Prosecutorial Discretion Explained

Prosecutorial discretion generally refers to the authority of a law enforcement officer or agency to determine whether and to what extent the law will be enforced in a particular case. Routine examples include a police officer who declines to arrest someone for a minor offense like jaywalking or a prosecutor who offers a plea bargain in exchange for bringing lesser charges against a defendant.

In an immigration context, prosecutorial discretion could involve a federal authority declining to:

  • Oppose an application for relief that would allow you to stay in the US
  • Pursue a case against you 
  • Arrest you if you don’t meet the current enforcement priorities

Active forms of prosecutorial discretion include cancelling charges against you or deferring your removal even if you have a formal order of deportation. It essentially allows an immigration agent or officer the right to exercise their judgment in a case based on their experience and authority. 

Prosecutorial discretion was originally designed to allow immigration officials to make quick decisions about which individuals were the biggest threat to Homeland Security. Anyone who was in a high-priority deportation category would be removed first while those in lower-priority categories could either have their cases dismissed, deferred, or adjusted.

Transactional Records Access Clearinghouse data indicates that the Obama administration used  prosecutorial discretion to close an estimated 2,400 cases per month between February and June of 2016. During that same period the following year, however, the Trump administration closed fewer than 100 cases per month, suggesting that the use of prosecutorial discretion in immigration removal proceedings is sharply waning.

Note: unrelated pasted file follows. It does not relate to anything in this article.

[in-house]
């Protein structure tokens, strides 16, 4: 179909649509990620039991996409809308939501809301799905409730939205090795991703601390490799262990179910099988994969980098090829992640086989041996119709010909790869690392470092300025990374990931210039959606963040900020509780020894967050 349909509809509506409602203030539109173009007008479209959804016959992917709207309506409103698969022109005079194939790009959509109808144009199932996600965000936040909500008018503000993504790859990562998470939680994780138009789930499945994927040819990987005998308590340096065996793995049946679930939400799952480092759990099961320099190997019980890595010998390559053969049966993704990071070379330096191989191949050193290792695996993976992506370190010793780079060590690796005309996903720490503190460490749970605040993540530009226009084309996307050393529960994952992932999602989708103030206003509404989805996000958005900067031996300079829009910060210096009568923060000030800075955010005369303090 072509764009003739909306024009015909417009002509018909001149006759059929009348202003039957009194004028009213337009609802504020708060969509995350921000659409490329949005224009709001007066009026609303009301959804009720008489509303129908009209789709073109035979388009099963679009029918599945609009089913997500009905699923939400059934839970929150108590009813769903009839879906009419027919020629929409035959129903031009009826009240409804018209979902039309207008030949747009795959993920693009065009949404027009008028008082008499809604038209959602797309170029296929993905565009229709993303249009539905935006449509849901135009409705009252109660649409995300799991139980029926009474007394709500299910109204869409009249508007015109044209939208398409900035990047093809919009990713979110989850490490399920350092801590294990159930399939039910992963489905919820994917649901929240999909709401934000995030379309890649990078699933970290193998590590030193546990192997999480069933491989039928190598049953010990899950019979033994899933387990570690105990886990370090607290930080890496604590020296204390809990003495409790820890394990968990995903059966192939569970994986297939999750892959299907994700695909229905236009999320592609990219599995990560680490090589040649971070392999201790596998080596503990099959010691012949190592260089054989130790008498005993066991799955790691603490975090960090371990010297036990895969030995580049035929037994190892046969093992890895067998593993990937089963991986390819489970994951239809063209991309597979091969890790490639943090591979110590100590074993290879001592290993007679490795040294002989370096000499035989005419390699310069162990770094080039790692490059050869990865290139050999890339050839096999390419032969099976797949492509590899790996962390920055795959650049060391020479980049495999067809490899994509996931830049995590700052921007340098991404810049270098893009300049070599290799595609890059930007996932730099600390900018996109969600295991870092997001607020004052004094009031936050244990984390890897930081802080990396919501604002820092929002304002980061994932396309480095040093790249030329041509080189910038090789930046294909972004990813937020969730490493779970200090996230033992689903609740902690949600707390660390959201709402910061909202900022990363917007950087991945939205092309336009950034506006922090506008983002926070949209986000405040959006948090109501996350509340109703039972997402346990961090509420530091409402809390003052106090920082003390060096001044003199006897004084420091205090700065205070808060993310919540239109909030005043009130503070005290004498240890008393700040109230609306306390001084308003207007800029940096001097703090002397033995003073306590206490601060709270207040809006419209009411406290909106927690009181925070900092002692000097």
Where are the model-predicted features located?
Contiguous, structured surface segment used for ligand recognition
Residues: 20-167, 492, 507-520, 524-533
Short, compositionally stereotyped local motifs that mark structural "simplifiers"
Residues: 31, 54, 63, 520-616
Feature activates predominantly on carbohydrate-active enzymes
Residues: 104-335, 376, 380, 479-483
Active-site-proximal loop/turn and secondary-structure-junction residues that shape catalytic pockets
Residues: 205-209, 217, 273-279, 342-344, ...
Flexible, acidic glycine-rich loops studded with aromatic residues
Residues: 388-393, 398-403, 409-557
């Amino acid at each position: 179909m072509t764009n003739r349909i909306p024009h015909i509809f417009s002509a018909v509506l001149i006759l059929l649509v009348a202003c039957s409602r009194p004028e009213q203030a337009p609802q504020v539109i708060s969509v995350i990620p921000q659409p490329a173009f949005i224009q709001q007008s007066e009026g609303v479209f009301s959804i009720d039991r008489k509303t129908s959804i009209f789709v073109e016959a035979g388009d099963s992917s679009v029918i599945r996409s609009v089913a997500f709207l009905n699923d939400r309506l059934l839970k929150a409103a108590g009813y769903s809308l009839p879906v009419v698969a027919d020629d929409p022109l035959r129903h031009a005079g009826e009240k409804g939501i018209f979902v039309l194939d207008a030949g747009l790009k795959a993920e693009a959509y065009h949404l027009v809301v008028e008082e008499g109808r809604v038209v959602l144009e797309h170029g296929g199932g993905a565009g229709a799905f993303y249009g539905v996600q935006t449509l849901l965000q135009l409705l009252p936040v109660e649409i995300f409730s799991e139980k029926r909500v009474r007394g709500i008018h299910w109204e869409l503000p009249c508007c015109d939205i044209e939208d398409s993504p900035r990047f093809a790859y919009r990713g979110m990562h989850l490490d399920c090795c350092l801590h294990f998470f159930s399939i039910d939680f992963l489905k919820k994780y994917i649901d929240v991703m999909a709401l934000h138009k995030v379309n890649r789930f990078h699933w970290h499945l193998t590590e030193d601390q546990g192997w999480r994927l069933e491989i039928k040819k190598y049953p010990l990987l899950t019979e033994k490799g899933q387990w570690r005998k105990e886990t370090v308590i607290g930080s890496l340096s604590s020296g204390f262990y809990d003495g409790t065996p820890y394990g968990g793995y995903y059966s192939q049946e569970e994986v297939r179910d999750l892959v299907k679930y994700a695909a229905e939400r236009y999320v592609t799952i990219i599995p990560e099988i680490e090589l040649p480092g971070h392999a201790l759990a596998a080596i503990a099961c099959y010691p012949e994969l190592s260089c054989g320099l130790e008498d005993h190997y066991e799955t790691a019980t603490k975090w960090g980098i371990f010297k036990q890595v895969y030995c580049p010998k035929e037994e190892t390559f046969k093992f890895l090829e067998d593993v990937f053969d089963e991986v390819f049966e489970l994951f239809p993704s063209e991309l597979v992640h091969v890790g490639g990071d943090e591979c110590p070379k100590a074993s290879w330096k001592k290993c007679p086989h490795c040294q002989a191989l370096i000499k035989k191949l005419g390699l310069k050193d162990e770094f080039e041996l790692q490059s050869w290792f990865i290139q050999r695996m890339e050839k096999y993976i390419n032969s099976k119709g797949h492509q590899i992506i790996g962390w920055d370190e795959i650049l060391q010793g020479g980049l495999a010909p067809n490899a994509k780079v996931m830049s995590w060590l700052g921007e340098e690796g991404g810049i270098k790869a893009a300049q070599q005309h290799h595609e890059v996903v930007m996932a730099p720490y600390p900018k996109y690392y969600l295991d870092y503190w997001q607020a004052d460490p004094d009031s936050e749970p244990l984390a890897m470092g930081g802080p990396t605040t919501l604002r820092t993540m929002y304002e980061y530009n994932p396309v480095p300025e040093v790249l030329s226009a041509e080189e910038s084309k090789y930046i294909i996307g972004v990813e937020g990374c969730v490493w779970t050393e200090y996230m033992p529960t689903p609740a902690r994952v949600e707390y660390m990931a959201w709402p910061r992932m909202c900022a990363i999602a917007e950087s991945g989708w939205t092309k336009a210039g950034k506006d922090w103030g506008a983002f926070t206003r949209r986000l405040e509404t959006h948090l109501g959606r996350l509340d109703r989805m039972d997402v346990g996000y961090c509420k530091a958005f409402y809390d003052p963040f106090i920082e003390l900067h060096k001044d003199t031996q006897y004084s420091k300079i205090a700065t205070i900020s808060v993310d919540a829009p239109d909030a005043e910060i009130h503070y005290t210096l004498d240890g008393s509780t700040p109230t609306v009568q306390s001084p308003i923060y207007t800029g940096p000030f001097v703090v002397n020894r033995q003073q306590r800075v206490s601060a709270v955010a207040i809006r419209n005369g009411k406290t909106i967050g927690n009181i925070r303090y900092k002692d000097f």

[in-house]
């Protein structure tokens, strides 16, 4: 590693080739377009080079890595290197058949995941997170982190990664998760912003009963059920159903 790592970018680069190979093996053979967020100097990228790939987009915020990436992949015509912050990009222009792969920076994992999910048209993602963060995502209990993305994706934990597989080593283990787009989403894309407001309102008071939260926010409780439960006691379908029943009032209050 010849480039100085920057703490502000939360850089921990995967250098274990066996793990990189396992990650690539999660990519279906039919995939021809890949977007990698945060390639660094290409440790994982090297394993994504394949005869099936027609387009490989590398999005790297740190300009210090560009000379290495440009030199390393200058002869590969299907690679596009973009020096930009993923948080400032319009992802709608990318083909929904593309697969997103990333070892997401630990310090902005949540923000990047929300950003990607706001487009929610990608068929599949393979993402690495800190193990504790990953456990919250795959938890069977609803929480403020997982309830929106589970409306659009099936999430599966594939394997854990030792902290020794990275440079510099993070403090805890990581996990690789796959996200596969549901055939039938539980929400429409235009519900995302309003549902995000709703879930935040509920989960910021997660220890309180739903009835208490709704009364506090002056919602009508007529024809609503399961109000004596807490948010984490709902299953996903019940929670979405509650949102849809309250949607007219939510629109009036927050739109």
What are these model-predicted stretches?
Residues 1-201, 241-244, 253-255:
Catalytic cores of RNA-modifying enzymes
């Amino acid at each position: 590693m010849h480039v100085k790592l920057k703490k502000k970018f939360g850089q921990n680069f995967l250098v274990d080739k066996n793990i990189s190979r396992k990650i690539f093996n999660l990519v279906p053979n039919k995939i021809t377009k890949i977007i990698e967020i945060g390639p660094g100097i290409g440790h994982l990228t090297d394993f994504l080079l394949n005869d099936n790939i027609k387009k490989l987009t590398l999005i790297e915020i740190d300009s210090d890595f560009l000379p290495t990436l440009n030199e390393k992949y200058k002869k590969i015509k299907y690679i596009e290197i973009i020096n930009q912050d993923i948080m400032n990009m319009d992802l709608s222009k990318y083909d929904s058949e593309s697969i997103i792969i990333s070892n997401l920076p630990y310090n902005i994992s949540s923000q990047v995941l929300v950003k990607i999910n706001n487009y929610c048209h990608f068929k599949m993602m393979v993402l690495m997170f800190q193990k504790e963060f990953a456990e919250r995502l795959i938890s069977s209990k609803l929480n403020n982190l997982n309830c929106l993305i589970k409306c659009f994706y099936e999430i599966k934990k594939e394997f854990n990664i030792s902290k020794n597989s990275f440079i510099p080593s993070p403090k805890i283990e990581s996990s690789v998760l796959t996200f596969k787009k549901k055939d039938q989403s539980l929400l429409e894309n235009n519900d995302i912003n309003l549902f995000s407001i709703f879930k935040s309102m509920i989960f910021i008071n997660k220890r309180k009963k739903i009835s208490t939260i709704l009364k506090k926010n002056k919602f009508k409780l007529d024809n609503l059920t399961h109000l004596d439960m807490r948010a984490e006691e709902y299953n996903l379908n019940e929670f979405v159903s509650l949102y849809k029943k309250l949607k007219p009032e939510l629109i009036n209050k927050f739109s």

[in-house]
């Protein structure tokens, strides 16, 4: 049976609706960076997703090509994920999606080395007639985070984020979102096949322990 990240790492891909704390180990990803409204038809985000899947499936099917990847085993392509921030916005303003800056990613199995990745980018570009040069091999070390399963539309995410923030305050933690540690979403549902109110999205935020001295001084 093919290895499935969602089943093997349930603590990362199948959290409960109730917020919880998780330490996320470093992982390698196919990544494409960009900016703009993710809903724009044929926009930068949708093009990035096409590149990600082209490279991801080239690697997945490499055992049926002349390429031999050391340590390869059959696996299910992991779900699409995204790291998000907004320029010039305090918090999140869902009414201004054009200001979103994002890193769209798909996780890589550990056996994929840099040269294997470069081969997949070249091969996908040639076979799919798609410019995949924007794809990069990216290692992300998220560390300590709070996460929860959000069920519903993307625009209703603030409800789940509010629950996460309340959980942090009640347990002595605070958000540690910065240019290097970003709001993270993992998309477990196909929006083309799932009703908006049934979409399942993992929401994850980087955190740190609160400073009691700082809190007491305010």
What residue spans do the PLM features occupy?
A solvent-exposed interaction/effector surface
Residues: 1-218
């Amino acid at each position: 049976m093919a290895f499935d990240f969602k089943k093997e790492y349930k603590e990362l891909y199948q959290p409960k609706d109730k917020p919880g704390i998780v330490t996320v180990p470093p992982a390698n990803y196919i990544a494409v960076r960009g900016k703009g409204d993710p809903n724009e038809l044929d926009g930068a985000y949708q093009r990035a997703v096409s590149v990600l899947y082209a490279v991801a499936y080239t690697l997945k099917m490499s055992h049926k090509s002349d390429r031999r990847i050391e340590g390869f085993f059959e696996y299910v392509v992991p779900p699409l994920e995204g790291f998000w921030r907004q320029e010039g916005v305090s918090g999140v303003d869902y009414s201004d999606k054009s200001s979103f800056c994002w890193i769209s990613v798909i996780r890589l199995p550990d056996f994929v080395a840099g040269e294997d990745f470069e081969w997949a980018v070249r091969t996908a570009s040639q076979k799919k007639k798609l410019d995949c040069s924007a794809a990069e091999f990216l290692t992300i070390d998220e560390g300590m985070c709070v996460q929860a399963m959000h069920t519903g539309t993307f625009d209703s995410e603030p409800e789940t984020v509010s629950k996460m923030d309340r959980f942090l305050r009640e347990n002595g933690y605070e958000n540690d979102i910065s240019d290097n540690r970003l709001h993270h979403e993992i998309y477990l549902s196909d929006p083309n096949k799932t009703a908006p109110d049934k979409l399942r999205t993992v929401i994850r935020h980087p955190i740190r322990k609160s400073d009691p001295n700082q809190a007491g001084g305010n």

Under the current administration, all immigration removal cases in the system are generally pursued to completion unless:

  • ICE administrators have confirmed in writing that they don’t intend to pursue your case OR
  • The agency that issued the Notice to Appear has no objection to prosecutorial discretion being exercised.

Who Is Eligible For Prosecutorial Discretion?

Any foreign national without legal status in the U.S. can request prosecutorial discretion, but cases that currently merit special consideration include those involving:

  • Military service members and their immediate relatives, particularly those who qualify for US citizenship under Sections 328 or 329 of the Immigration and Nationality Act.
  • Those who have a viable avenue to obtain permanent legal immigration status. Examples include beneficiaries of a recently-approved Form I-130.
  • Extraordinary humanitarian factors, such as having a US citizen child with a serious illness.
  • Immigrants who are providing a significant law enforcement benefit, such as witness testimony in a criminal proceeding.

If you have a criminal record, leniency will be more difficult unless you work with an attorney who can help you expunge crimes that have immigration consequences.

Contact an Experienced Immigration Attorney

An August 2017 memo circulated by the Office of the Principal Legal Advisor emphasized that prosecutorial discretion was an act of administrative leniency and not a legal right. If you are in removal proceedings, an immigration attorney can help you present a persuasive request to a judge or, if a removal order has already been entered, your attorney can request it on appeal.

At Sánchez-Roig Law Firm, P.A., we have represented clients who acted on their right to seek prosecutorial discretion for their immigration case. We will help you present a request or pursue any other appropriate legal remedy that can prevent your deportation. To schedule a confidential consultation, call 305-373-5385 today.